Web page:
Flag Etiquette : United States Flag Code

Have you ever wondered if there are official rules for displaying the United States Flag?  In fact, there is a Federal Flag Code which provides guidelines for properly displaying Old Glory inside, outside, alone and with other flags.  Check out this pdf file which has all of the information available regarding US Flag Etiquette.

“On the national level the Federal Flag Code1 provides uniform guidelines for the display of and respect shown to the United States flag. In addition to the Code, Congress has by statute designated the national anthem and set out the proper conduct during its presentation.2 The Code is designed “for the use of such civilian groups or organizations as may not be required to conform with regulations promulgated by one or more executive departments” of the federal government.3 Thus, the Flag Code does not prescribe any penalties for non-compliance nor does it include enforcement provisions; rather the Code functions simply as a guide to be voluntarily followed by civilians and civilian groups.”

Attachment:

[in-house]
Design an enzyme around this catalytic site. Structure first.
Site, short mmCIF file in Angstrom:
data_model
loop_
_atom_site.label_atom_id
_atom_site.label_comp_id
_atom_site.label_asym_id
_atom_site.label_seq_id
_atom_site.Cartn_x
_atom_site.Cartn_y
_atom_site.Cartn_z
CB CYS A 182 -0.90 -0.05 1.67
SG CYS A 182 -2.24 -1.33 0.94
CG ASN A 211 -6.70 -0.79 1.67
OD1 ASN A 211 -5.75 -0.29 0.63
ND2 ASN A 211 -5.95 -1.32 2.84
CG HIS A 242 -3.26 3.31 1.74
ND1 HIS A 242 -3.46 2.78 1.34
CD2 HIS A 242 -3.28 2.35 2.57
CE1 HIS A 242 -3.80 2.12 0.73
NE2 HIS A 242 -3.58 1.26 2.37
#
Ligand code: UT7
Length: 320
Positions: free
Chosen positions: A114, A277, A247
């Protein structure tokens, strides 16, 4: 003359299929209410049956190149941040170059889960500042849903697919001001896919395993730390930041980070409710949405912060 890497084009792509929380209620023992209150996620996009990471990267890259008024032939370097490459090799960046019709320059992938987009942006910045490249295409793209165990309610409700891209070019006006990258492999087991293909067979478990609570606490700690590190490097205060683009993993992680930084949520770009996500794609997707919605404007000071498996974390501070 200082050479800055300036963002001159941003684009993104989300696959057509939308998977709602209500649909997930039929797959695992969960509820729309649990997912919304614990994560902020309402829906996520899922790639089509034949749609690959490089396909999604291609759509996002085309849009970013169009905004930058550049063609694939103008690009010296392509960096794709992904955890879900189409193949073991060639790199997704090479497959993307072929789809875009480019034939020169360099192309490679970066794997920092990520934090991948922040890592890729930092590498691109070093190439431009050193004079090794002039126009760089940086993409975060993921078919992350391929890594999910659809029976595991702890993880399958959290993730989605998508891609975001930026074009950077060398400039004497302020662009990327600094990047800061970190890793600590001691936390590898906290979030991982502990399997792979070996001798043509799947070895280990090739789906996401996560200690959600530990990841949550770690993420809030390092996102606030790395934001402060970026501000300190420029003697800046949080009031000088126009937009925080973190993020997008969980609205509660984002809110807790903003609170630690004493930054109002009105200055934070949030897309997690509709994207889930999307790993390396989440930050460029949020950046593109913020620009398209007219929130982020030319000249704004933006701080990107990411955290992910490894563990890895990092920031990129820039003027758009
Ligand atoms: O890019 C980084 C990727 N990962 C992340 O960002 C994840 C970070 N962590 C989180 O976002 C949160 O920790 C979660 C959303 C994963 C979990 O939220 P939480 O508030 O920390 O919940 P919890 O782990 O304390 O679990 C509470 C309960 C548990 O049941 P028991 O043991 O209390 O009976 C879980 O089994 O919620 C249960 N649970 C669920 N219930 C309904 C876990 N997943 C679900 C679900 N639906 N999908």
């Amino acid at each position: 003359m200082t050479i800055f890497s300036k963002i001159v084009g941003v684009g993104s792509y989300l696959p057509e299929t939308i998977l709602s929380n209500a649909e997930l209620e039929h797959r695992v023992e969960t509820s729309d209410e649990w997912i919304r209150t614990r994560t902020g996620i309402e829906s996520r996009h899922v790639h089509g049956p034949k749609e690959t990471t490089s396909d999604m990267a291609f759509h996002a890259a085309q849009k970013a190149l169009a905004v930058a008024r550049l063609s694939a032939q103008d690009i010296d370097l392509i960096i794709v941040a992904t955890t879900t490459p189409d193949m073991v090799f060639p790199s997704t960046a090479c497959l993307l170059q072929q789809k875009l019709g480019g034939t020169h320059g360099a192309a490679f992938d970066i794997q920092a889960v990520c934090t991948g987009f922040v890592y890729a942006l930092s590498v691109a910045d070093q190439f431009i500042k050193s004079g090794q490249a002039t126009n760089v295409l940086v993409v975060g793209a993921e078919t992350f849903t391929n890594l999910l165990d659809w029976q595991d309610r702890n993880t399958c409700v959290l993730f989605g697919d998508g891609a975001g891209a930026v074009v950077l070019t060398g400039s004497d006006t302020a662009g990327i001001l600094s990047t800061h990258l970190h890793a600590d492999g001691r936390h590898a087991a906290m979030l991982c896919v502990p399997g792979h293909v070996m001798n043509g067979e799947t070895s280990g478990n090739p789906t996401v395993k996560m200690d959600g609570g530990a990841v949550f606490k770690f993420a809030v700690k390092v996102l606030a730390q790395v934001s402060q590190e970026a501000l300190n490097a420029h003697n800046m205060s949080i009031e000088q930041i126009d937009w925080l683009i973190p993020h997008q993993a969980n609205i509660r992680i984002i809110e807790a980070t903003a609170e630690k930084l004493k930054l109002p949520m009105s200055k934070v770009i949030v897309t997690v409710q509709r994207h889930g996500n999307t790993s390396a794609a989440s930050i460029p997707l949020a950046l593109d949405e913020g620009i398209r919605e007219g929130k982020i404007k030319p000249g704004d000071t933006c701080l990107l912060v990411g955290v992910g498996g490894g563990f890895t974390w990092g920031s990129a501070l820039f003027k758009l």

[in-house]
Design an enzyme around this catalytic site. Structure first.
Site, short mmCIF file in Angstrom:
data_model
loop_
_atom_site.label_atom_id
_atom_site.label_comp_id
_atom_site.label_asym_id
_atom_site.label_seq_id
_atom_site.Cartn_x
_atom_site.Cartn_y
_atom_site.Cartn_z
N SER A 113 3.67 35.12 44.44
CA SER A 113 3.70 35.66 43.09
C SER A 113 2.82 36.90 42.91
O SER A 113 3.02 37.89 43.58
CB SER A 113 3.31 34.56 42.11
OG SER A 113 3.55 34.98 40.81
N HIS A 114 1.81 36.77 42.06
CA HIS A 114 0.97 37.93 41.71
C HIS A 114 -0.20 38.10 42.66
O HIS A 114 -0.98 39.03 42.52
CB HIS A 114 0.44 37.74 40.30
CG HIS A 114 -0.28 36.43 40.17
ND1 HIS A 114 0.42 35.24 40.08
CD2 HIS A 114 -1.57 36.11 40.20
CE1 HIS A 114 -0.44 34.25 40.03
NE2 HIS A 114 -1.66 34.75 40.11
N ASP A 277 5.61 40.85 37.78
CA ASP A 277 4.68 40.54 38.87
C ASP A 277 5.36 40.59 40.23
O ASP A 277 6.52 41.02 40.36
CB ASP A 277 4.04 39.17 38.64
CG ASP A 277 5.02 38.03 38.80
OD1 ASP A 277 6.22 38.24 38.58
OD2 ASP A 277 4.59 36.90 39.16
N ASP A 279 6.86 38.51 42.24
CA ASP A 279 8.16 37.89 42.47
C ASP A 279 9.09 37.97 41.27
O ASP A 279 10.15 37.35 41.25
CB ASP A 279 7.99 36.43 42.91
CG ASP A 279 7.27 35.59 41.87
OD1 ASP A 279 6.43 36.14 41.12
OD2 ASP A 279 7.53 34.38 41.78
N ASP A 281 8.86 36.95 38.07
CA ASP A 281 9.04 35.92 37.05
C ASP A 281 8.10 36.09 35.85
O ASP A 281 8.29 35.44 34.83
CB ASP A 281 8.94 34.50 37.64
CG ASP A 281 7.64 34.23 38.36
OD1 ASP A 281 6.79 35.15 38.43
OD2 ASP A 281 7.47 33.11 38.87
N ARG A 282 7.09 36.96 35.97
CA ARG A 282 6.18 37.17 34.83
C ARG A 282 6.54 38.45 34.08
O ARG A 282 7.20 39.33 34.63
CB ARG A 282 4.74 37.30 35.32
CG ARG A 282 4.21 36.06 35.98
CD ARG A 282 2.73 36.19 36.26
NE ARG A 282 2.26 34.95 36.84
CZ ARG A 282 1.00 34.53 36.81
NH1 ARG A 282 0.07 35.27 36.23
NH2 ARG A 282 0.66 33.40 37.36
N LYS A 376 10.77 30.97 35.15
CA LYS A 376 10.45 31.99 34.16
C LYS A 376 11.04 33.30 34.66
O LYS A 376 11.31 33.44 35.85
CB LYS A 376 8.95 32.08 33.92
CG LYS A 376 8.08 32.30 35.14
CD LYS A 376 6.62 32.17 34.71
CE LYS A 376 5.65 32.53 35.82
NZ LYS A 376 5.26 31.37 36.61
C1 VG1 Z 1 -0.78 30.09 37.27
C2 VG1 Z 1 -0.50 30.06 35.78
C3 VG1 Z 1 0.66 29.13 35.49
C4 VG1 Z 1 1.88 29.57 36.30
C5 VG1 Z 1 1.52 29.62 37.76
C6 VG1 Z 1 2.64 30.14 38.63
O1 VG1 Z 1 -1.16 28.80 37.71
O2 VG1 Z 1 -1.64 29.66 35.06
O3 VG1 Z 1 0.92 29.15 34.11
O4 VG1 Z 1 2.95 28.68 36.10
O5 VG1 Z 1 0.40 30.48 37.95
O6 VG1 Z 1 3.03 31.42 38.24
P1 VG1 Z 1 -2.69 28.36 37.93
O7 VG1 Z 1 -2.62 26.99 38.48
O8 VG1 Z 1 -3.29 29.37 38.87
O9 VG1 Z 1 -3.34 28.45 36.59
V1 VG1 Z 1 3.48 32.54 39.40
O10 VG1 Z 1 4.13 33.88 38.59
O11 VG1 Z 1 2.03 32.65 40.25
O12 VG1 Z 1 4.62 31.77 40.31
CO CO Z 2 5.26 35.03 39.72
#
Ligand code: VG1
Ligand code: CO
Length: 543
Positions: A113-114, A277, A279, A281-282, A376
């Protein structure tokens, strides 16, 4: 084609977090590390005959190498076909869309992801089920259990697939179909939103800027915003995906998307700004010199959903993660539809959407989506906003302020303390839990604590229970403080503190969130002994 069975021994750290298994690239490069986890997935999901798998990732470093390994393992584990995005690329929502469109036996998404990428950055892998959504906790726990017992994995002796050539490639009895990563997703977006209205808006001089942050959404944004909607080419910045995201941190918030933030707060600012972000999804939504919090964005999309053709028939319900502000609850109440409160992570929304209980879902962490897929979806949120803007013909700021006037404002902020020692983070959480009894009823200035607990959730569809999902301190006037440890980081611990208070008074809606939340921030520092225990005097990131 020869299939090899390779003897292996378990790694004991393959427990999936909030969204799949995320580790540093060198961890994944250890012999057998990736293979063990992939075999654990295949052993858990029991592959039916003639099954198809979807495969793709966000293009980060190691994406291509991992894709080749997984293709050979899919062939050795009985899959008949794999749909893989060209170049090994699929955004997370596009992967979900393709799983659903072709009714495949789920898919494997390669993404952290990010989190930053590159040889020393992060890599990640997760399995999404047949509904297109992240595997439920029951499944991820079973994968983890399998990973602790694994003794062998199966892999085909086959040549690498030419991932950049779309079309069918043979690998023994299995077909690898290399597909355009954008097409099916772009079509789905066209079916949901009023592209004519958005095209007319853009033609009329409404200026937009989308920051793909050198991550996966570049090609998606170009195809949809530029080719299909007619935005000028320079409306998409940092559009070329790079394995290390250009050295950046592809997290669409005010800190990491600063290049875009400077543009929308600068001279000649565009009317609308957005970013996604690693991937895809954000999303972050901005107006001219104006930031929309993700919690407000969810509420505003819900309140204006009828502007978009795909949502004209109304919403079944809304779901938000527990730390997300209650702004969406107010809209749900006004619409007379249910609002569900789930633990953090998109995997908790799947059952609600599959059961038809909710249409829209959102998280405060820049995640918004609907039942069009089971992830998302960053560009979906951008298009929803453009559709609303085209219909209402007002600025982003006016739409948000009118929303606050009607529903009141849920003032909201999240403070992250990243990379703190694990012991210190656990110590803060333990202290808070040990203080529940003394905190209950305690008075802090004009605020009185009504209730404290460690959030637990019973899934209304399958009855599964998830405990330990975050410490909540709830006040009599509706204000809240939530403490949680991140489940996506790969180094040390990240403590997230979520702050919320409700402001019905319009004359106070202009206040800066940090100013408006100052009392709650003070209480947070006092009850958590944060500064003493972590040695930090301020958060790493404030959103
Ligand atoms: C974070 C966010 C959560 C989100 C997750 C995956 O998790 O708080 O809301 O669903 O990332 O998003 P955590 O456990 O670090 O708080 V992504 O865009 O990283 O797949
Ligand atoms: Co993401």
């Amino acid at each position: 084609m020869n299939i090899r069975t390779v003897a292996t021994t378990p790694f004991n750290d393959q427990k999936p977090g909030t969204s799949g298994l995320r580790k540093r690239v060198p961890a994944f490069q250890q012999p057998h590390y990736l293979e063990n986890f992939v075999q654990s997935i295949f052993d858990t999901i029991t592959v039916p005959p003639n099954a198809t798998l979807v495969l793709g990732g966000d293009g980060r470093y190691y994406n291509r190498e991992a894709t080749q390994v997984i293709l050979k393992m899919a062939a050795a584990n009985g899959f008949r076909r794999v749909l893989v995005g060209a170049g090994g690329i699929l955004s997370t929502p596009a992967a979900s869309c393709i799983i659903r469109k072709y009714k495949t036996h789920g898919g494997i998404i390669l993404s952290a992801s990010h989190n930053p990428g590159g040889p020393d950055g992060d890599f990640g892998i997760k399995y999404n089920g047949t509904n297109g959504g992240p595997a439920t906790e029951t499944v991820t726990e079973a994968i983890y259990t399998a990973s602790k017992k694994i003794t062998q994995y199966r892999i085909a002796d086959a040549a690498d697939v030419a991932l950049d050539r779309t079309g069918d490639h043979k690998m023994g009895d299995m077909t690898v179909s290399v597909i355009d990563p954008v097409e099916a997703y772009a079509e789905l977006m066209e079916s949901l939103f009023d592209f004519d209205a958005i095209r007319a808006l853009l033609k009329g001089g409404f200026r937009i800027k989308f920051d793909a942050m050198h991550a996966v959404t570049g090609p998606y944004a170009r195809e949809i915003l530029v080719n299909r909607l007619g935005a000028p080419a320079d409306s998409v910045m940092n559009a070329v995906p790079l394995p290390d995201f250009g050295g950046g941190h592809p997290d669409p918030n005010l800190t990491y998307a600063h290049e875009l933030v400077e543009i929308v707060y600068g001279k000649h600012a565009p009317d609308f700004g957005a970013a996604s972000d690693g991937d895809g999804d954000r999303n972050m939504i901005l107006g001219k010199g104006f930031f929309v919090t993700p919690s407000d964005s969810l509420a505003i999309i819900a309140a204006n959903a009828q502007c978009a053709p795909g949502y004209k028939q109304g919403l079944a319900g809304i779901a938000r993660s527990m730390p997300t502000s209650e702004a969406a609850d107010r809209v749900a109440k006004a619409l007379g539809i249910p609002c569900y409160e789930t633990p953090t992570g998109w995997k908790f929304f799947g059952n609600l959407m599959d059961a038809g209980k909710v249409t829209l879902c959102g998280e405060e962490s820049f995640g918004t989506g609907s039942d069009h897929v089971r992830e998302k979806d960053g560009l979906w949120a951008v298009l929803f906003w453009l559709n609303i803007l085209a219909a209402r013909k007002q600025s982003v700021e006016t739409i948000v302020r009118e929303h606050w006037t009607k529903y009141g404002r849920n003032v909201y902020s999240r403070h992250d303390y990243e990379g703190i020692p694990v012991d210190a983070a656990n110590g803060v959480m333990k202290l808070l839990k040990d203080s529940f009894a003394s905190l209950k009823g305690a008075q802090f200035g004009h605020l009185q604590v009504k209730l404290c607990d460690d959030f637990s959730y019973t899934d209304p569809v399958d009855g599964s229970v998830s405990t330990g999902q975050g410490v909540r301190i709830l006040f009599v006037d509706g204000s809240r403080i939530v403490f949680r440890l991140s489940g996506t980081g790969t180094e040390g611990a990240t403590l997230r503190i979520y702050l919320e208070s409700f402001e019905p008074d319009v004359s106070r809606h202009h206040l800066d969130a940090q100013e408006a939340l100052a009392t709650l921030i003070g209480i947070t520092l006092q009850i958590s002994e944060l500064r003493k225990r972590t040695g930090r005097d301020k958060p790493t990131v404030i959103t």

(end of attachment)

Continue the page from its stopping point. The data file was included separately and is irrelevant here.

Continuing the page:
US Flag Code – Official Rules and Regulations for Flying the US Flag

Topics covered  in the Flag Code include display of the flag 24 hours a day, flying the
flag in bad weather, flying the flag at half-staff, ornaments on the flag, destruction of
worn flags, display of the U.S. flag with flags of other nations or States,
commercial use of the flag, size and proportion of the flag, and restrictions upon
display of the flag by real estate associations.

A General In Need

Bedford, Texas – Lone Star Banners and Flags was called upon by the Patriot Guard Riders to help a retired U.S. Air Force veteran protect his right to fly the Stars & Stripes. After thieves stole his American flag for the ninth time from his front yard, Lone Star stepped in and donated a new flag pole with a concealed and locked halyard to discourage anyone from attempting to steal the veteran’s precious flag again. (Read More)

Here General Mayes and Lone Star’s Fort Worth General Manager, Mark Buechele, hoist the first flag on the General’s new flag pole.